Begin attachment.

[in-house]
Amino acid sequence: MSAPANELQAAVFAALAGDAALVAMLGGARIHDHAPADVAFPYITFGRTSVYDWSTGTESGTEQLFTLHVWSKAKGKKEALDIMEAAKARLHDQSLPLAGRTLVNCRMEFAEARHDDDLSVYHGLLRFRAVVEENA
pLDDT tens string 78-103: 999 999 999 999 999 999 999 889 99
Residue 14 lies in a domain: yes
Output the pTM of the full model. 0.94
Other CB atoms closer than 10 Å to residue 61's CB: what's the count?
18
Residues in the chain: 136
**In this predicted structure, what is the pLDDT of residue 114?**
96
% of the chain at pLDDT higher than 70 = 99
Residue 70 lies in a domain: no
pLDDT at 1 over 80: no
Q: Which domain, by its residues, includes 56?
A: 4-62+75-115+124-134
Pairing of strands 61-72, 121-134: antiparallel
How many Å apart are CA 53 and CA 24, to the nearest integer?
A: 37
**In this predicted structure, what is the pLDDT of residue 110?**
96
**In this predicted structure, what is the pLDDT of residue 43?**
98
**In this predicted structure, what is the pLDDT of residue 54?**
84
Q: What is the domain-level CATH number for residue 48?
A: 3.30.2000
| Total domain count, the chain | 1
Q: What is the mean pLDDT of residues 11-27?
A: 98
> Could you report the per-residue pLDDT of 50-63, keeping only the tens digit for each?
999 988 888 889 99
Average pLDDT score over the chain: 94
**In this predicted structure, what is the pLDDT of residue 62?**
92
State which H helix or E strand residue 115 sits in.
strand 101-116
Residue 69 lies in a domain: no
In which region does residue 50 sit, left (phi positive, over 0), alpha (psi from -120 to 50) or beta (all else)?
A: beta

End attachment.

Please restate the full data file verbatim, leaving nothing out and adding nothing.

[in-house]
Amino acid sequence: MSAPANELQAAVFAALAGDAALVAMLGGARIHDHAPADVAFPYITFGRTSVYDWSTGTESGTEQLFTLHVWSKAKGKKEALDIMEAAKARLHDQSLPLAGRTLVNCRMEFAEARHDDDLSVYHGLLRFRAVVEENA
pLDDT tens string 78-103: 999 999 999 999 999 999 999 889 99
Residue 14 lies in a domain: yes
Output the pTM of the full model. 0.94
Other CB atoms closer than 10 Å to residue 61's CB: what's the count?
18
Residues in the chain: 136
**In this predicted structure, what is the pLDDT of residue 114?**
96
% of the chain at pLDDT higher than 70 = 99
Residue 70 lies in a domain: no
pLDDT at 1 over 80: no
Q: Which domain, by its residues, includes 56?
A: 4-62+75-115+124-134
Pairing of strands 61-72, 121-134: antiparallel
How many Å apart are CA 53 and CA 24, to the nearest integer?
A: 37
**In this predicted structure, what is the pLDDT of residue 110?**
96
**In this predicted structure, what is the pLDDT of residue 43?**
98
**In this predicted structure, what is the pLDDT of residue 54?**
84
Q: What is the domain-level CATH number for residue 48?
A: 3.30.2000
| Total domain count, the chain | 1
Q: What is the mean pLDDT of residues 11-27?
A: 98
> Could you report the per-residue pLDDT of 50-63, keeping only the tens digit for each?
999 988 888 889 99
Average pLDDT score over the chain: 94
**In this predicted structure, what is the pLDDT of residue 62?**
92
State which H helix or E strand residue 115 sits in.
strand 101-116
Residue 69 lies in a domain: no
In which region does residue 50 sit, left (phi positive, over 0), alpha (psi from -120 to 50) or beta (all else)?
A: beta